New Study Reveals Connection Between Non-Alcoholic Fatty Liver Disease and Olive Oil Consumption
A new study was published on Nature on April 15th which studied the connection between olive oil and fatty liver disease. Specifically, the performance of olive oil consumption was studied in the context of a high fat diet (HFD) and non-alcoholic fatty liver disease (NAFLD). Olive oil consumption seemed to improve some parameters and leave others unaffected.
Context: Different Types of Fatty Acids Have Different Effects
The excessive consumption of fatty acids (i.e., fat) has been connected to non-alcoholic fatty liver disease (NAFLD). Fatty liver disease is associated with insulin resistance (IR), which could affect 1 out of 3 adults in the USA.
There are many different kinds of fatty acids, depending on their composition. The variation among fatty acids is so great that some are considered beneficial while others detrimental to human health. Fatty acid composition is a crucial factor for the development and management of fatty liver disease.
Olive oil is the main source of monounsaturated fatty acids for Mediterranean populations. In this context, it is very interesting to see how the consumption of olive oil affected various health factors in the contexts of high fat diets, obesity and fatty liver disease. Is olive oil good for fatty liver disease?
Experiment Design: Approaching the Human Fatty Liver Condition
The trial was done on obese mice, specifically female
Ldlr−/−.Leiden mice which are a great model with affinity to the human fatty liver condition. Numerous factors were tested throughout the 32-week-long trial including body weight, lipid profile, transaminases, glucose homeostasis, transcriptome and liver pathology.
Diet Profile: Which Different Diets Were Tested?
Besides the low fat diet (LFD) that was used as a control diet, three types of high-fat diets (HFDs) were tested.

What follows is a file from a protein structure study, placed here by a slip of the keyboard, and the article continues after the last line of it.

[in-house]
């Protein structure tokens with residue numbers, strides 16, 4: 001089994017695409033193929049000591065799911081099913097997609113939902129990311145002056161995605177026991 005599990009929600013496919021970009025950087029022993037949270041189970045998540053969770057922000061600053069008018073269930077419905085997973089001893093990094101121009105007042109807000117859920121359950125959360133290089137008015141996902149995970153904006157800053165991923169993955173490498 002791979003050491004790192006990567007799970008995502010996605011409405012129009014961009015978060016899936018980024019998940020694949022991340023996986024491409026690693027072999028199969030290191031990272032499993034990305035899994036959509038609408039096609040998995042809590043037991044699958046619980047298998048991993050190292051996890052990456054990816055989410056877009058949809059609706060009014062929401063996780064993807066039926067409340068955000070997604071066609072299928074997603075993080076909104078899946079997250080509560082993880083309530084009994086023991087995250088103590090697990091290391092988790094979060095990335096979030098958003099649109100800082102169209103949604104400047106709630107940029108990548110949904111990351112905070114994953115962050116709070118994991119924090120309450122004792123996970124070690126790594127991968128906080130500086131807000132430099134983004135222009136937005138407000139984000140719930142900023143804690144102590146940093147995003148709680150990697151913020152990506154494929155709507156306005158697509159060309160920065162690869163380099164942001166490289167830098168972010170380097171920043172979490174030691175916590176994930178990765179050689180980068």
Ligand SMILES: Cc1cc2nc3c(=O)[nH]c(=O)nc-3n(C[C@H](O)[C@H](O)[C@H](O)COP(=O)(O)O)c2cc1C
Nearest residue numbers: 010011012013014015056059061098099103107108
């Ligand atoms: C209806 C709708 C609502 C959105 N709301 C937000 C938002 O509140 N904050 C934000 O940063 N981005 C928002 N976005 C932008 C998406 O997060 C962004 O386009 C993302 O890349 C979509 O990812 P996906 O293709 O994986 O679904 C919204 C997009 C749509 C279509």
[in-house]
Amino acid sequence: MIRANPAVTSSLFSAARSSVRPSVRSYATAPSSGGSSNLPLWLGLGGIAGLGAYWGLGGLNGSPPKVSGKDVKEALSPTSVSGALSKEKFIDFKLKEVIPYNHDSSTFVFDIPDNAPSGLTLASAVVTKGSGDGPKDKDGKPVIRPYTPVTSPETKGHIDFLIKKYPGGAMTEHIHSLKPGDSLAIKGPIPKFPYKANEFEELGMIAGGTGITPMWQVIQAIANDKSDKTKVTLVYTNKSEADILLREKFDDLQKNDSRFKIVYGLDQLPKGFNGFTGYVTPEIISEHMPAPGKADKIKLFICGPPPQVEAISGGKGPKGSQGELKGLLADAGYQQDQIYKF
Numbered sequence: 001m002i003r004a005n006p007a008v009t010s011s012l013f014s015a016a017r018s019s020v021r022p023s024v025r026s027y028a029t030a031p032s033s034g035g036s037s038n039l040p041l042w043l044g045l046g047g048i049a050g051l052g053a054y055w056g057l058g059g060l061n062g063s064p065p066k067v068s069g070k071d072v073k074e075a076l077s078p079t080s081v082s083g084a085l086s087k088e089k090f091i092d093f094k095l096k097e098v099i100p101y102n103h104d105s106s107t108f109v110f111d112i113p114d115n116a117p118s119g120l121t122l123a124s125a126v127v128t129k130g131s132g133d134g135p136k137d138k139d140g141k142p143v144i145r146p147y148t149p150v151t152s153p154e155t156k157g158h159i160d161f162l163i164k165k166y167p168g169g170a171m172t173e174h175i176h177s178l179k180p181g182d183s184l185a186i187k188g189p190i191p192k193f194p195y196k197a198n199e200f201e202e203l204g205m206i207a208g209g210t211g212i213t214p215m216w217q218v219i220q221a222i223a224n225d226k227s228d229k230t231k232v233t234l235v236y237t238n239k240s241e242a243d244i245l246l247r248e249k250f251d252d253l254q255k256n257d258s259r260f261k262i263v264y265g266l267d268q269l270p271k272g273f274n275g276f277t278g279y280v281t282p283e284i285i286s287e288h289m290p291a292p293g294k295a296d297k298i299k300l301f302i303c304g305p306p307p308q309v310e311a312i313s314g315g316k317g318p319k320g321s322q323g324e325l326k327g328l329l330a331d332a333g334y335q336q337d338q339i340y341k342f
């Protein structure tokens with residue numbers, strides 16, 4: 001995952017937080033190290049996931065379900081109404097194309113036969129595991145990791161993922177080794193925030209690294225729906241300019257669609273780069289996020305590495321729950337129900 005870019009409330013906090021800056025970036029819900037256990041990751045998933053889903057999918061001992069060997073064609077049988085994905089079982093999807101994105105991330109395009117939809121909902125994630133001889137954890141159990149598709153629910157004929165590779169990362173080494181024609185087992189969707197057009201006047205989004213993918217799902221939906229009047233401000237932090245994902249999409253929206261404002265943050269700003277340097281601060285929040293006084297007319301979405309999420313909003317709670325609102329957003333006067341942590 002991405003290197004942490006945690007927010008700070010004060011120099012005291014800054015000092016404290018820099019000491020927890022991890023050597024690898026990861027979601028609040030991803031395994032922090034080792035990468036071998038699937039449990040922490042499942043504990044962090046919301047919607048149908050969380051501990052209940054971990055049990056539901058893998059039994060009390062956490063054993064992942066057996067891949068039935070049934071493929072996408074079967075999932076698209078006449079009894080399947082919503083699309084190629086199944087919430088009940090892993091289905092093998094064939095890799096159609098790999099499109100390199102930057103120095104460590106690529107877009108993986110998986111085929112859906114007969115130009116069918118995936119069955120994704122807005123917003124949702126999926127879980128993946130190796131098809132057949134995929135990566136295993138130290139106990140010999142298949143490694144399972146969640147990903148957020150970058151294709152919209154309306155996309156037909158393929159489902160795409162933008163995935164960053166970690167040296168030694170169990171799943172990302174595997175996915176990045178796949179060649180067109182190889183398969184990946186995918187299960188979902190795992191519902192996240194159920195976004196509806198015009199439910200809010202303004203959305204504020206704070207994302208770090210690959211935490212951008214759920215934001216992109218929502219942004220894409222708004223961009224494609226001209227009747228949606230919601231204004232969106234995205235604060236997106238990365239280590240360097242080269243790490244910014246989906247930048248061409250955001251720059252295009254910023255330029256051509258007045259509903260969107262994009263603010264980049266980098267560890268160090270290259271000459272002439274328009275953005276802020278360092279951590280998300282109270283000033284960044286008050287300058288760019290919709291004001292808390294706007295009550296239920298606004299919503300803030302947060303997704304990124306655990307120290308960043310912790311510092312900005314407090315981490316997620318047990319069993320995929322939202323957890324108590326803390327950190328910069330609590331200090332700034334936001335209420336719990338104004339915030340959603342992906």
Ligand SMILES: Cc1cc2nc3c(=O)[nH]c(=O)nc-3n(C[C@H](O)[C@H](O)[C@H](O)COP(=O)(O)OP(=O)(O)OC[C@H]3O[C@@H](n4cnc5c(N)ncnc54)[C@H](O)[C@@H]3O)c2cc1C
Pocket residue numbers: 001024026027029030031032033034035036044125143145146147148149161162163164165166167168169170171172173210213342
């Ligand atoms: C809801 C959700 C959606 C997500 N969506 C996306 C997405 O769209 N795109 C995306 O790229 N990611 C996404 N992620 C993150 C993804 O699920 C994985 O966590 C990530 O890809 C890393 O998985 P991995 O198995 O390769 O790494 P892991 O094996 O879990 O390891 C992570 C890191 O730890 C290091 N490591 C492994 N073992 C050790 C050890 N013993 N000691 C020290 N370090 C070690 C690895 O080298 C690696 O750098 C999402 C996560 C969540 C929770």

Group 1: Lard-Based High Fat Diet (HFD)
A typical lard was the main ingredient of this high-fat diet, since most previous experiments on obese mice used this ingredient.
Group 2: EVOO-Based HFD
Extra virgin olive oil (EVOO) was the main ingredient of this high-fat diet. EVOO has a diverse fatty acid profile. Its effects shed new light on the importance of fatty acid composition.
What Were the Results of the Study?
- Both Group 2 and Group 3 demonstrated significant improvements when compared to Group 1. Specifically, both olive oil-consuming groups were capable to reduce body weight (BW) and improve insulin sensitivity.
- At the same time, both olive oil-consuming groups did not improve transaminase value, increased both LDL and HDL cholesterol, and also increased liver collagen content.
- Liver inflammation and fibrosis were not improved despite the weight loss and insulin sensitivity improvement. The consumption of both types of olive oil initiated a hepatic gene expression cascade that eventually supported these conditions, similar to the lard-based diet.
- An interesting observation is that while both olive oil groups increased LDL cholesterol on the same level, polyphenol rich olive oil provided a boost to HDL cholesterol, also known as the “good” cholesterol.
Conclusion: Editor’s Note
High quality extra virgin olive oil is one of the healthiest fats and can provide health benefits even in existing, impaired conditions such as non-alcoholic fatty liver disease. However, its potential is limited if the consumption is greater than what the organism can handle. There is no miracle food. Since olive oil is a fat of high caloric value, it is mportant to consume it consciously and in moderation.
Olive Farmer / Olive Oil Producer / Editor on Myrolion.com
This article was prepared by Athanasios for Myrolion’s readers after studying the official scientific paper. For more details or to contact the conductors of the study, please follow the first link of the article.